Fifteen of the new batch of airplanes would replace the existing fleet of 15 leased Airbus A330-300s, while the other 10 aircraft would allow for expansion. Bellew told AIN in an interview that the order competition pits either the Airbus A330neo or A330-300 against the Boeing 787. Delivery would start in the third quarter of 2018 and run through 2023, during about the same time as the existing A330-300s' leases expire.
The carrier wants to configure the aircraft in a two-class, business and economy layout as opposed to a three-class arrangement including premium economy, a seating class that has proved unpopular in the Malaysian market. It plans to use the 10 growth aircraft for route upgrades to Indian cities such as Mumbai, Delhi, Chennai and Bangalore, all on which the airline downsized equipment from the 777-200ER to the 737-800 following its disposal of the Boeing widebodies. Bellew said the 10 aircraft will also allow for the option of resuming some canceled European routes.
“Market conditions have to be right before we start flying to Europe again; I do not see this happening before the 2019-2021 time frame,” Bellew noted.
London, which remains the only European destination on MAB’s network, gets twice-daily service with Airbus A380s. Malaysia Airlines plans to replace the superjumbos with Airbus A350-900s starting in April 2018. MAB has leased six A350-900s from Air Lease Corp., of the U.S. under a 12-year agreement.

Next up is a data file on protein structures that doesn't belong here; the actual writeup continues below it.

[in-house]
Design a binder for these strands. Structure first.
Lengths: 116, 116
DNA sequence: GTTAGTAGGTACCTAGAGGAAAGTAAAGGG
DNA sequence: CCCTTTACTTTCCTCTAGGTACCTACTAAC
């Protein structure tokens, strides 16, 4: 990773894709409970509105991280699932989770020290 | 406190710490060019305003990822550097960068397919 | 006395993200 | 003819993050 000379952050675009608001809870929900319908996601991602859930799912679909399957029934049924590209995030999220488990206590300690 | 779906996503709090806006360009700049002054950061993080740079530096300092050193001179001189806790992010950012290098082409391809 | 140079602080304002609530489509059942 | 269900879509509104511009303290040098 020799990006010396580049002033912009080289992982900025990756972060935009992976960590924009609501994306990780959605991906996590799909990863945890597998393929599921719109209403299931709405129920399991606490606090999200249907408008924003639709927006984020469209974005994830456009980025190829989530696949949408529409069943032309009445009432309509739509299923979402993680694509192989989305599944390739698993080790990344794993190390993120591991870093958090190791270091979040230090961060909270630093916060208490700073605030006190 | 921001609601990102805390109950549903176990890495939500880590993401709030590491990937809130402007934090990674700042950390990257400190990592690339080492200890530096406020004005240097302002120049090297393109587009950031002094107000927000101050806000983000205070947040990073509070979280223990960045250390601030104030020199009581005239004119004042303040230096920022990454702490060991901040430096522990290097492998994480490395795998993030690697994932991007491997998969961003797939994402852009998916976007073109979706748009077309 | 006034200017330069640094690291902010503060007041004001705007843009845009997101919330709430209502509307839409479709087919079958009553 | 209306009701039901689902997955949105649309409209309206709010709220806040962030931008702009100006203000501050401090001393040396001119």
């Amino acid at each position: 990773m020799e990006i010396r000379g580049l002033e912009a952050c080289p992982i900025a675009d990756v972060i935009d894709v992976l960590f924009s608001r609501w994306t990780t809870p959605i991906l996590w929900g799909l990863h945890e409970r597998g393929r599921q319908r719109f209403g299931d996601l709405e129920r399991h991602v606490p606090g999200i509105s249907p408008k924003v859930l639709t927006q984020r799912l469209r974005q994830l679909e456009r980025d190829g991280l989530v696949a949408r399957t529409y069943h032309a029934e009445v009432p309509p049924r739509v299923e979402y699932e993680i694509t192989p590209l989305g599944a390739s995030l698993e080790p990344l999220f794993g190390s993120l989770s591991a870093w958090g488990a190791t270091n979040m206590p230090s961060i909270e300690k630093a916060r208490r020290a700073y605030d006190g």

The airline plans to reconfigure its six A380s to seat 700 and use them for flights to Mecca in Saudi Arabia for Muslim pilgrims and possibly lease them out for charters. The operation will involve another company established and owned by MAB. Bellew said he is now talking with Airbus about reconfiguring the aircraft, including the upper deck, to seat 700 passengers.
Bellow also said he hopes MAB’s plan to lease four more A330-300s to fill short-term capacity needs will materialize soon.
Malaysia plans to launch flights to seven destinations in China this year, starting with Nanjing, Fuzhou and Shenzhen in April followed by Wuhan in August and Chengdu and Chongqing in October. It expects to announce flights to Tianjin within the next few months. Plans for April also call for the introduction of a new route, namely Penang-Shanghai, and a doubling of service on the daily Kuala Lumpur-Shanghai service. MAB’s other China destinations now encompass Beijing, Guangzhou, Haikou and Xiamnen.
Bellew expressed confidence that MAB will return to profitability in 2018 despite stiff competition from compatriots Malindo Air and AirAsia on domestic and regional flights. For MAB, passenger loads have improved significantly after a pair of high-profile crashes in 2014 forced the airline into bankruptcy.
“Regaining market confidence is a boost and with flights recording 90 percent-plus [load factors] are indications of better times to come,” Bellew concluded.